After section 46A(1E) of the Principal Act insert—”(1F) When determining the degree of impairment under this section, section 47(7) or section 47(7A), the Commission must—
(a) not include impairments resulting from injuries or causes that are unrelated to the transport accident; and
(b) in the case of a person who has an injury that existed before the transport accident that is aggravated by an injury that was the result of a transport accident—
(i) in the case of a spinal injury, use the apportionment methodology set out in Chapter 3.3f of the A.M.A Guides;
(ii) in any other case, use the subtraction methodology set out in Chapter 2 of the A.M.A Guides.”.
The Commission is not liable to pay as compensation the reasonable costs of medical services that are the provision of a document obtained for medico-legal purposes, or related to medico-legal purposes for examinations made after 1 July 2014 unless the document—
(a) is requested jointly by the Commission and the person who is injured;
(b) is provided jointly to the Commission and the person who is injured;
(c) is provided by a registered health practitioner within the meaning of the Health Practitioner Regulation National Law.
document includes but is not limited to a medical report.
The Minister Second Reading Speech Commentary on Amendment 21
Currently, the TAC funds the reasonable cost of medical reports obtained by or on behalf of a client, in relation to injuries sustained in a transport accident.
On average, clients attend 8 medical examinations over the course of their claim, of which, only 2 are commissioned by the TAC. The remaining examinations are commissioned by the client’s legal representative in support of legal claims.
To address the need for a client to attend multiple examinations and to minimise the occurrence of a client attending duplicate examinations in relation to the same specialisation, this bill will enable the TAC to reimburse medico-legal report expenses if the medico-legal report is requested jointly by the TAC and the person who is injured.
It is intended that this provision come into operation on 1 July 2014 to inform and assist medical practitioners of this new policy change.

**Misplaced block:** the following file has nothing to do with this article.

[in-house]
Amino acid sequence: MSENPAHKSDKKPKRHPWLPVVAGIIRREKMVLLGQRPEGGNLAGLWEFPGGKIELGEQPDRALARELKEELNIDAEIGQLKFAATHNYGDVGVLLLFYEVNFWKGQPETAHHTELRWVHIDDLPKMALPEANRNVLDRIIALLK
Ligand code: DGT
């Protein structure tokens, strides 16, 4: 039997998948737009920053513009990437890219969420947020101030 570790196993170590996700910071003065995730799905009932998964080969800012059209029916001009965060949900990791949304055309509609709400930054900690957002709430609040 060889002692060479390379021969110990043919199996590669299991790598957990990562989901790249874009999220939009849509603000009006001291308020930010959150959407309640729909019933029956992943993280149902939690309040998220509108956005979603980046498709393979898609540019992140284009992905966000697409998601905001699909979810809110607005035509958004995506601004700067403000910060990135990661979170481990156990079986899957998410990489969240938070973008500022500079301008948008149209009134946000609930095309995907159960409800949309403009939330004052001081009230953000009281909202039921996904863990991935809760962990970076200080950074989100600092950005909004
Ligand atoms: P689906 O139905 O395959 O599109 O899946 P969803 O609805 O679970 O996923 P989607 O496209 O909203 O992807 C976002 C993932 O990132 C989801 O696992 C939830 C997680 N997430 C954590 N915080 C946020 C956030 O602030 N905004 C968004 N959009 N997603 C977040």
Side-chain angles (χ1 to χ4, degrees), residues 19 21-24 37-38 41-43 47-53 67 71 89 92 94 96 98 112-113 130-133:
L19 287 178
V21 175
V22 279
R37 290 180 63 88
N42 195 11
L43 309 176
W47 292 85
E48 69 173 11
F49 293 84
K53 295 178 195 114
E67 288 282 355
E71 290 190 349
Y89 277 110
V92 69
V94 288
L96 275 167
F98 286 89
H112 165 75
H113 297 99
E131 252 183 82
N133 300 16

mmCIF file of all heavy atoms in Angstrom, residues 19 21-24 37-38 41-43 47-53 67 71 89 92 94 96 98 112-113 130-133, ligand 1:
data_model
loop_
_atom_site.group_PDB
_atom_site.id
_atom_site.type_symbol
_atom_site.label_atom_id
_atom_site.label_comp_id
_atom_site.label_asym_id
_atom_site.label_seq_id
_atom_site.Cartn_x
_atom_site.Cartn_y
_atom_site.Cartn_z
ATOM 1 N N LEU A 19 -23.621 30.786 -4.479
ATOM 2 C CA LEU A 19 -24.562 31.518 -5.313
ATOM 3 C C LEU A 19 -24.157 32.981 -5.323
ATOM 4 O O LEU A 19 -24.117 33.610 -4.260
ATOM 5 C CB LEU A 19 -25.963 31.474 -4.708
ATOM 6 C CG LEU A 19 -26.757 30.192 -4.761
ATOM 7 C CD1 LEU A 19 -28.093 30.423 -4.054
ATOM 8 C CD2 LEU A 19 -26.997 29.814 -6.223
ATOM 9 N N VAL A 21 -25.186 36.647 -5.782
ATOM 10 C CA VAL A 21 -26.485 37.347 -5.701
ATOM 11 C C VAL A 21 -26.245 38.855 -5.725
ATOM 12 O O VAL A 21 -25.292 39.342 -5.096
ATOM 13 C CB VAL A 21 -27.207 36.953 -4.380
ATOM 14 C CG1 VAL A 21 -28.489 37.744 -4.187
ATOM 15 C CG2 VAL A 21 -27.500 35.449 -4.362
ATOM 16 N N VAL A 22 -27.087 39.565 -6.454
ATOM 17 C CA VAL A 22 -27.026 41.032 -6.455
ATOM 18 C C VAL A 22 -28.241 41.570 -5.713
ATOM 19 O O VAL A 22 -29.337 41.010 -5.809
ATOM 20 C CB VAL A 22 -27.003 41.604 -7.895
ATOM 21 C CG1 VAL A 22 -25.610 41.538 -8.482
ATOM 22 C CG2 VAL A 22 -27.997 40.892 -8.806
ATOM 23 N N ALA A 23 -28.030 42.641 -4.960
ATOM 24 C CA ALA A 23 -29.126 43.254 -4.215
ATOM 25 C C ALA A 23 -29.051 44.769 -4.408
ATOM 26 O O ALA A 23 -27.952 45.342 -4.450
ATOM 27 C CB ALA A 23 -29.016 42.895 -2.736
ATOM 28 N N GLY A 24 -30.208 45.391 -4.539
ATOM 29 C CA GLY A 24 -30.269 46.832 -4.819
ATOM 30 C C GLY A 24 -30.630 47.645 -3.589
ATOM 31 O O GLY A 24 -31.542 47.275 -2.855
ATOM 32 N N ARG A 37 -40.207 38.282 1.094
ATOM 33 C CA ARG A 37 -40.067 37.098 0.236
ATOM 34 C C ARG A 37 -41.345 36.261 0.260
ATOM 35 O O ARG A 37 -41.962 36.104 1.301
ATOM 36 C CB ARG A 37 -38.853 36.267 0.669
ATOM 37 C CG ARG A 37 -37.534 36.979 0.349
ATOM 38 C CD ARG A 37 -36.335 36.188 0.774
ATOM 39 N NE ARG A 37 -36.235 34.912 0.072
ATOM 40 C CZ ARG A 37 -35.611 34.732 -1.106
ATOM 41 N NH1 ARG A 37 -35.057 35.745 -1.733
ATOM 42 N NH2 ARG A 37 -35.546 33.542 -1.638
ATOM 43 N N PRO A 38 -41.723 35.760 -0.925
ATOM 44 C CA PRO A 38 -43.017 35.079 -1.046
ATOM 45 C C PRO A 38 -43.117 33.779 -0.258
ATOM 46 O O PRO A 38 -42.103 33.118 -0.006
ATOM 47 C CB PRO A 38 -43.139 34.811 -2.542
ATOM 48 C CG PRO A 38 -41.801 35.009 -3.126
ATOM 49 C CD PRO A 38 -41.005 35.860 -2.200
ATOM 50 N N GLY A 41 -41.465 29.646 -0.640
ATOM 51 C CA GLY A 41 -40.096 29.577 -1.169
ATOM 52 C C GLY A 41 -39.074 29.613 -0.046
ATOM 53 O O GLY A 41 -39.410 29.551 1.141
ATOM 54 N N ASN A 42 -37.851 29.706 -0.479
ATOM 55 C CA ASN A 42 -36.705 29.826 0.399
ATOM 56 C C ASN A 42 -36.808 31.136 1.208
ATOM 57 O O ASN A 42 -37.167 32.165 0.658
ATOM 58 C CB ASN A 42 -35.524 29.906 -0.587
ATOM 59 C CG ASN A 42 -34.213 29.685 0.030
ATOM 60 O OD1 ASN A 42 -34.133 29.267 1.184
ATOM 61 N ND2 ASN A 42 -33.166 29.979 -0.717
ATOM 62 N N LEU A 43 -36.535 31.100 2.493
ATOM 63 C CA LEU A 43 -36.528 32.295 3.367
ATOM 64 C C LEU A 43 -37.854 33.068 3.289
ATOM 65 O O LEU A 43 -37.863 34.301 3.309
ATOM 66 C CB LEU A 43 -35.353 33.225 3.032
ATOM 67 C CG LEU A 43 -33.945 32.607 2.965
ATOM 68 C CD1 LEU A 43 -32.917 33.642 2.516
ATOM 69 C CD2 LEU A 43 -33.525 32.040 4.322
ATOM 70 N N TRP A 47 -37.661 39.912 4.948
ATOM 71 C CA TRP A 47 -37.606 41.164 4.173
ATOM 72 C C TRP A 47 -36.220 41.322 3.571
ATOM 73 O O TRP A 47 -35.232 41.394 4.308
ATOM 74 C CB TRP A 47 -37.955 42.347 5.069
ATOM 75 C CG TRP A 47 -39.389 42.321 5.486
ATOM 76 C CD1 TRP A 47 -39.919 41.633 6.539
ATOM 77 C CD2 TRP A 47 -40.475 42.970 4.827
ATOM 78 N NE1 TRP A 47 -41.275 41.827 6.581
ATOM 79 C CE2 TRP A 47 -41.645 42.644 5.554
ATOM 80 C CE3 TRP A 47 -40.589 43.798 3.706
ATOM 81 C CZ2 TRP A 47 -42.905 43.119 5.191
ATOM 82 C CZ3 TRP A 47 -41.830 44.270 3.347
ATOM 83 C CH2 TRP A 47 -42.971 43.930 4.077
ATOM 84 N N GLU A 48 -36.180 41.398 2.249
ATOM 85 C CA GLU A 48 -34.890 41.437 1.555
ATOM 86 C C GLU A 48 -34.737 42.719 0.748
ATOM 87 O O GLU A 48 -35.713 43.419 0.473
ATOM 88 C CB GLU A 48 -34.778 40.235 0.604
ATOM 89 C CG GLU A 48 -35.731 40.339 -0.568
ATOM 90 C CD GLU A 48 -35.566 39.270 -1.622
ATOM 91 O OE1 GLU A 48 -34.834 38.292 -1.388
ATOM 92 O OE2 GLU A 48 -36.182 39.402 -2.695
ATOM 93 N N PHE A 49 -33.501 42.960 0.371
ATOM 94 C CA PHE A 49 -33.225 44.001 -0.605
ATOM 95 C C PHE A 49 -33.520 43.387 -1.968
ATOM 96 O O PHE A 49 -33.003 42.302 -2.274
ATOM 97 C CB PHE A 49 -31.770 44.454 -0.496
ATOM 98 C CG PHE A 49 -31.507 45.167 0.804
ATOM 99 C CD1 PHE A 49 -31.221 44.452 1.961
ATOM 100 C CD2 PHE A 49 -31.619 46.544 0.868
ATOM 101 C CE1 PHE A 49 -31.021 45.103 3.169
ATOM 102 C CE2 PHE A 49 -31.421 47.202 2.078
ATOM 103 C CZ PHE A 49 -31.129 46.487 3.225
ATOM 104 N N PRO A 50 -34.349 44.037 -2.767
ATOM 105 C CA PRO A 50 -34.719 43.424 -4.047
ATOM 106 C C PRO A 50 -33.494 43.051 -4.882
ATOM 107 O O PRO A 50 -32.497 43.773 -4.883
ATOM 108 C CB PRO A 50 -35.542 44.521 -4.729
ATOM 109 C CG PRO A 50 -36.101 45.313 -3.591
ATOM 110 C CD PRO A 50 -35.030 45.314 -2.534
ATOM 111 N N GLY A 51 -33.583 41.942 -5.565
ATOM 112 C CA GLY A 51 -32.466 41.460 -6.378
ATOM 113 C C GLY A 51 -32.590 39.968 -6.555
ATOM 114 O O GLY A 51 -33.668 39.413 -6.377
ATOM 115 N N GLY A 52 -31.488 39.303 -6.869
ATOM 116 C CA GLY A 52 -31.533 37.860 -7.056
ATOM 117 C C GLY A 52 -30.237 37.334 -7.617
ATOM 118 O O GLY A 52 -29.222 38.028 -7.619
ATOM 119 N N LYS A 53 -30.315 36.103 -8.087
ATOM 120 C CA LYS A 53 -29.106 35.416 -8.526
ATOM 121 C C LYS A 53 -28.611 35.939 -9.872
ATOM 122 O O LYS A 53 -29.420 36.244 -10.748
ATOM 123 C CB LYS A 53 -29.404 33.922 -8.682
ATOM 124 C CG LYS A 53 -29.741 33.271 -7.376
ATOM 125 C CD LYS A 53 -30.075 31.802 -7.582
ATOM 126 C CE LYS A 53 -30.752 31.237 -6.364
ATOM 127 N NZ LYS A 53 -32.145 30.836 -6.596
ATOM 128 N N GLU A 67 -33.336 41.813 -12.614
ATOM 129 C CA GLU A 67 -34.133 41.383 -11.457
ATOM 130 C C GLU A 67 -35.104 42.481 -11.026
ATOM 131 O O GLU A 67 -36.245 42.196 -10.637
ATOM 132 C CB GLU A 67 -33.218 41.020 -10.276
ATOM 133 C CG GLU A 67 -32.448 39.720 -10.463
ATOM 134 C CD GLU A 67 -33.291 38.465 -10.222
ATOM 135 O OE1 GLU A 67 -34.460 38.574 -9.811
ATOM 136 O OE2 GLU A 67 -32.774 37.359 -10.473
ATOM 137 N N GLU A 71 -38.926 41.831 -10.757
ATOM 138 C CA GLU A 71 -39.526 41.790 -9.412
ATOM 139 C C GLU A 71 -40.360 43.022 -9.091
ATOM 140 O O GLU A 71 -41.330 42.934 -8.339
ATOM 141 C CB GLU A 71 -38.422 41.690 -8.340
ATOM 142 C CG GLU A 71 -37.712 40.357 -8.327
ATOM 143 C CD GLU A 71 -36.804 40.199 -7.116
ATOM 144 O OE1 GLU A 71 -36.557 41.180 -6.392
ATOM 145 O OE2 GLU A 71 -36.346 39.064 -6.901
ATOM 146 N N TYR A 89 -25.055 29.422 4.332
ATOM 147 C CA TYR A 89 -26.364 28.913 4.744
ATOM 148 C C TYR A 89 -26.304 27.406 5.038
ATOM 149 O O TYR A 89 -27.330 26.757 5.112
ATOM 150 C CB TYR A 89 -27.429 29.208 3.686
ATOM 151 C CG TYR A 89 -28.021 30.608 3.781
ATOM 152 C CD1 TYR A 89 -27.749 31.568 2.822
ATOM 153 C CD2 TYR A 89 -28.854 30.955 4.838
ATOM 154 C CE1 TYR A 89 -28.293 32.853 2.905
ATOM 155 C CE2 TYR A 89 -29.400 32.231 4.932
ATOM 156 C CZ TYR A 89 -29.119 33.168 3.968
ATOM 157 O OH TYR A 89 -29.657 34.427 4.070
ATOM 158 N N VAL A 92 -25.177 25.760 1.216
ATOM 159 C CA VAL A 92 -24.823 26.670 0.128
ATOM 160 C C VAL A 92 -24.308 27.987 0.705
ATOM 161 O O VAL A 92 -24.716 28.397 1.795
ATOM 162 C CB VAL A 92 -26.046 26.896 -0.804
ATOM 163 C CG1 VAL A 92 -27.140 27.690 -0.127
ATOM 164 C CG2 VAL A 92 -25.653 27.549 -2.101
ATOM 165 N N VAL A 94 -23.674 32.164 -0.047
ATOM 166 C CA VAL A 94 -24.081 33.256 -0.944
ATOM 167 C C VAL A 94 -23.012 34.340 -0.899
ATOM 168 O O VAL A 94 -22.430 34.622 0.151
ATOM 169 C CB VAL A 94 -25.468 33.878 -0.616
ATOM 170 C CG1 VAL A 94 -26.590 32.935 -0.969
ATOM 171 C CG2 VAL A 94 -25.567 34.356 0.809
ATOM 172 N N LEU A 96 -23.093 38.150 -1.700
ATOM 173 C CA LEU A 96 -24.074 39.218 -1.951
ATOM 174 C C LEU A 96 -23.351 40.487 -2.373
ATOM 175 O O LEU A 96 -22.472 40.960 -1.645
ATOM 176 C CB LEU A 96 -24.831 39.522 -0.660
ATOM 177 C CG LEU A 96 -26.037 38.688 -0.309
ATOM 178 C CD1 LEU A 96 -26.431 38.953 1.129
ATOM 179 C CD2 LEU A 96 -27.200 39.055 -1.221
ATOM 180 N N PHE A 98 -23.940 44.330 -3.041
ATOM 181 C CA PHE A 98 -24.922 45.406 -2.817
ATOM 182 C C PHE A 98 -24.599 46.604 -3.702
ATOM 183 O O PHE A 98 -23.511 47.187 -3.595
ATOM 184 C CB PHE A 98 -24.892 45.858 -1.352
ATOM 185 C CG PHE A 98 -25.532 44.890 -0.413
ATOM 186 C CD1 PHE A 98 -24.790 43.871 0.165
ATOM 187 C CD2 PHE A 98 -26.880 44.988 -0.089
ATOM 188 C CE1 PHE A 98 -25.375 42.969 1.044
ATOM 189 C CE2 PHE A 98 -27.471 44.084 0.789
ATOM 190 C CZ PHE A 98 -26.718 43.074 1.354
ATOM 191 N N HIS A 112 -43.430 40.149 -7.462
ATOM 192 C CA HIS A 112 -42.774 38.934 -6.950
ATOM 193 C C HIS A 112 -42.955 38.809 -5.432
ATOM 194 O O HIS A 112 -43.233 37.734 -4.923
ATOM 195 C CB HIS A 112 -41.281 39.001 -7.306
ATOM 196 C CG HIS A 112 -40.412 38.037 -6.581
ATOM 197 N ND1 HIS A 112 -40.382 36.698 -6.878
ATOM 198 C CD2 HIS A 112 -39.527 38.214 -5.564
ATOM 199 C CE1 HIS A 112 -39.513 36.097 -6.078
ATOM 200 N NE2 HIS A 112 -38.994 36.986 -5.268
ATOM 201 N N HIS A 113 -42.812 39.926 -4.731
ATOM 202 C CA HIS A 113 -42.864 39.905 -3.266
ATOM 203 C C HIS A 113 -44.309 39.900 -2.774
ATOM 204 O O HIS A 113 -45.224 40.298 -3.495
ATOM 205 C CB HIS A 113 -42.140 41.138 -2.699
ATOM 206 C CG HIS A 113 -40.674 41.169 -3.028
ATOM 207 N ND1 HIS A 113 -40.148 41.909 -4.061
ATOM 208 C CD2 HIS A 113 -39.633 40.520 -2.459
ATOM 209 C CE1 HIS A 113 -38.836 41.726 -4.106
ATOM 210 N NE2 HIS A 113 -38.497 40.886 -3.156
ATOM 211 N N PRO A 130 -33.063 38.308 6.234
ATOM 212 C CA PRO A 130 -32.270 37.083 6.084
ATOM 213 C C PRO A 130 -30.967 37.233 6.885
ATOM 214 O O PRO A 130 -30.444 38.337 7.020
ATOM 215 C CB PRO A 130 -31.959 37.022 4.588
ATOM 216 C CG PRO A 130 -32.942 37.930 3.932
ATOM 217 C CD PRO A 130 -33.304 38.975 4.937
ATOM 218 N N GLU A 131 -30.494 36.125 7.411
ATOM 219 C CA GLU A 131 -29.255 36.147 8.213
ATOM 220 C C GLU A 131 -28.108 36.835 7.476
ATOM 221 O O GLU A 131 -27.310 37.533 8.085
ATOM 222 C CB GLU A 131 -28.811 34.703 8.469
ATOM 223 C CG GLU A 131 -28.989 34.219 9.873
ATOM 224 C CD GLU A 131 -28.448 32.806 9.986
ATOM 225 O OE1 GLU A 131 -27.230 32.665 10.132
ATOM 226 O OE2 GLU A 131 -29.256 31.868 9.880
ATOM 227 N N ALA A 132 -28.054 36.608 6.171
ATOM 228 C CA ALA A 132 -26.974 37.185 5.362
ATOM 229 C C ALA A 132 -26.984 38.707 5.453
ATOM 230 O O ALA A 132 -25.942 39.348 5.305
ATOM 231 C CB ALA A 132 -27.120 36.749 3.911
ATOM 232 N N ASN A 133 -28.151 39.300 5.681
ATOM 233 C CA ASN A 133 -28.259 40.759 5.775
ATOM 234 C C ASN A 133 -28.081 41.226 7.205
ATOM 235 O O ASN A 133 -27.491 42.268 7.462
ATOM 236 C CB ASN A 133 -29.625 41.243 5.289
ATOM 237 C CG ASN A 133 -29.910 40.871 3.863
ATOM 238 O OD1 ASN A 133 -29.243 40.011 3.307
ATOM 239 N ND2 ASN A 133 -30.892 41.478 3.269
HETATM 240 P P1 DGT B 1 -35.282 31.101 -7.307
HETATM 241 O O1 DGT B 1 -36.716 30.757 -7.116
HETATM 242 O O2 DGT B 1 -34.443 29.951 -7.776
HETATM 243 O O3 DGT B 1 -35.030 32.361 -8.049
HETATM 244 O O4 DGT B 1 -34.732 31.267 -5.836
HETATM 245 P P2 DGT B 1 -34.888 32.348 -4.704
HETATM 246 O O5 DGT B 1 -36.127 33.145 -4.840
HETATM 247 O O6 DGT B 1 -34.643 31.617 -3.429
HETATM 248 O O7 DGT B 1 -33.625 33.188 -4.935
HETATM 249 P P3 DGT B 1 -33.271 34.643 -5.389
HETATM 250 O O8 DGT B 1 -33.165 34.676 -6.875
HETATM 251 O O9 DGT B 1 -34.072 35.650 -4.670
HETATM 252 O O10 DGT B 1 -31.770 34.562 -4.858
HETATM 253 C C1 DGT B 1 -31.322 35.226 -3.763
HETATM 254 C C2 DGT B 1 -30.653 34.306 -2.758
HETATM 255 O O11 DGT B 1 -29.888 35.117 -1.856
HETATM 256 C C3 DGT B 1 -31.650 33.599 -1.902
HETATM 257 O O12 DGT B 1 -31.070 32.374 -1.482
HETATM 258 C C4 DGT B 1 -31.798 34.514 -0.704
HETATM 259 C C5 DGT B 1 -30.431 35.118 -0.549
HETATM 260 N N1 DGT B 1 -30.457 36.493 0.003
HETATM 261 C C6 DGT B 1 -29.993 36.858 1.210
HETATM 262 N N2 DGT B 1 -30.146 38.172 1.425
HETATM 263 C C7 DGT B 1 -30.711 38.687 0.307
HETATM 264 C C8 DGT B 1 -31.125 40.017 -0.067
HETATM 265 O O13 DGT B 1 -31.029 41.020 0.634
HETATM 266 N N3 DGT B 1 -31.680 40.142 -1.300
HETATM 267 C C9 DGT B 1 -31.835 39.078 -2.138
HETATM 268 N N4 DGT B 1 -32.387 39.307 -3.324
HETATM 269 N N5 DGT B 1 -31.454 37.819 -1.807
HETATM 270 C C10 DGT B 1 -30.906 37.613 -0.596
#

ISSUES: Potential for TAC to veto some IMEs. We have been assured that current arrangements will continue but the future is uncertain. Solicitors requiring other reports will have to pay for the reports themselves and will only be re-imbursed if the case is successful.
Clause 26 Amendments -Common law damages claims for mental injury due to injury or death
A person who is injured as a result of a transport accident may not recover damages from a person indemnified by the Commission if—
(a) the injury is nervous shock or other mental injury; and
(b) the person was not directly involved in the accident and did not witness the transport accident; and
(c) the mental injury or nervous shock was suffered as a result of the injury or death of another person who was directly involved in the transport accident; and
(d) the transport accident was caused—
(i) in the course of the other person referred to in paragraph
(c) committing, or intending to commit suicide; or
(ii) solely or predominantly by the negligence of the other person referred to in paragraph (c).”
The bill will clarify that the injury or death of a person through suicide, an intention to commit suicide or predominately through their own negligence does not give rise to an action by another person for damages in respect of mental injury (including nervous shock) where the other person was not directly involved in or witnessed the transport accident.
ISSUES: The TAC has assured us this does not exclude first responders and will be implemented flexibly. The usual benefits will be paid, this only refers to common law claims.